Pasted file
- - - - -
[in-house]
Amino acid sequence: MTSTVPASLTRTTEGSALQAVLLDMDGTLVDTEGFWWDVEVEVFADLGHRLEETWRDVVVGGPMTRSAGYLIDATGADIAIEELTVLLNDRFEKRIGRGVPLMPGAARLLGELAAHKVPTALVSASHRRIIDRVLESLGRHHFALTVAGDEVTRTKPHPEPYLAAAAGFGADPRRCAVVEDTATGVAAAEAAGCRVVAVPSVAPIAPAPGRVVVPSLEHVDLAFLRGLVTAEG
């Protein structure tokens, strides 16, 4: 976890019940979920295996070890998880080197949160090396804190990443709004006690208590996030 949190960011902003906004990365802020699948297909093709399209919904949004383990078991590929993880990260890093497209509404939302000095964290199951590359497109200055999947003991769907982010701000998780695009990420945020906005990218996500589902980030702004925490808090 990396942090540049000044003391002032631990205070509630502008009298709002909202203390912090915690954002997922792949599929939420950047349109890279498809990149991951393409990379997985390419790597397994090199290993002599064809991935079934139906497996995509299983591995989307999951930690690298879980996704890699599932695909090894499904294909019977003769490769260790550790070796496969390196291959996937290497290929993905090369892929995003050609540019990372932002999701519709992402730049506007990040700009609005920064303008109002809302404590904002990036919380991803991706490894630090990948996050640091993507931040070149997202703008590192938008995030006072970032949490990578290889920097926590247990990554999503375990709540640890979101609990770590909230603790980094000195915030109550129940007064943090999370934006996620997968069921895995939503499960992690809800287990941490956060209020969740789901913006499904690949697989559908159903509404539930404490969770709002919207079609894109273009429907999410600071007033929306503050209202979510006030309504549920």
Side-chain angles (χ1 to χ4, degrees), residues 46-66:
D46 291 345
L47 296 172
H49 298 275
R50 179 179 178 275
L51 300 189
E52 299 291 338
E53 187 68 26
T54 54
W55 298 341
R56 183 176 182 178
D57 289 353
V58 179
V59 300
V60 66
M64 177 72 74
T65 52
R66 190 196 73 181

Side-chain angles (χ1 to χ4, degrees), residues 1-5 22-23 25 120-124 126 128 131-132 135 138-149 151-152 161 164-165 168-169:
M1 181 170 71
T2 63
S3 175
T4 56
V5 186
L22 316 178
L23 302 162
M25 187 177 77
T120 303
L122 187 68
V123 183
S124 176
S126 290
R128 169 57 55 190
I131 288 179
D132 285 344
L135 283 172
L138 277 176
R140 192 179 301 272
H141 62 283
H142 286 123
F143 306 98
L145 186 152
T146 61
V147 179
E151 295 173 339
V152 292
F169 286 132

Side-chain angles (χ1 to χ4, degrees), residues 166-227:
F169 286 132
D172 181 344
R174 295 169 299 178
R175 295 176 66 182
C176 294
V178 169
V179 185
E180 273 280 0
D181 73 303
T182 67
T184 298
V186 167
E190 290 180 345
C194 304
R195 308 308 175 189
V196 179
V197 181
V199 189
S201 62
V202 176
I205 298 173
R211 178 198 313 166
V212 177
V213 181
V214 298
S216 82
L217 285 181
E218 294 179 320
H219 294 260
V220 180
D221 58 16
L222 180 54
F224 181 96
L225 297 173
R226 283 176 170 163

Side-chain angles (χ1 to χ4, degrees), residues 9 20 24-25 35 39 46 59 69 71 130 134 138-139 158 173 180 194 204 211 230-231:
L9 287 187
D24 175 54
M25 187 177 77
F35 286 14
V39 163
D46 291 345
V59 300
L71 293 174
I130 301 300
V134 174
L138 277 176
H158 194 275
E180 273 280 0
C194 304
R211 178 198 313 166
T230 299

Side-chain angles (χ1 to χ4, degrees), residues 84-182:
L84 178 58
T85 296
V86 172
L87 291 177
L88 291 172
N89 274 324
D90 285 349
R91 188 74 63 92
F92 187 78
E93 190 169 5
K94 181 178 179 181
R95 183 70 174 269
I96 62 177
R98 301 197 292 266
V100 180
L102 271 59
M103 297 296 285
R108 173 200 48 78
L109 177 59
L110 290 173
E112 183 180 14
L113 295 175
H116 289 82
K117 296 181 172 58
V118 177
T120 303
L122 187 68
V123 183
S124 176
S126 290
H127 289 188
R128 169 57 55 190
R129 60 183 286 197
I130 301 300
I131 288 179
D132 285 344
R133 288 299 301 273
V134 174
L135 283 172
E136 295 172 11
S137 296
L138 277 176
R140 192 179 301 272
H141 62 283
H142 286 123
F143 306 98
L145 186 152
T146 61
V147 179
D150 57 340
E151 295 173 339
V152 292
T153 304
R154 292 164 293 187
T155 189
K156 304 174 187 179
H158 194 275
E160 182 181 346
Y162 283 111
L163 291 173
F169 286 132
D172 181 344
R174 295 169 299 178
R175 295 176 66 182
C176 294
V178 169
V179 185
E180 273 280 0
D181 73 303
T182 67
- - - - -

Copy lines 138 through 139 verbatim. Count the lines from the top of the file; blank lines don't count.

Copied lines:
I130 301 300
I131 288 179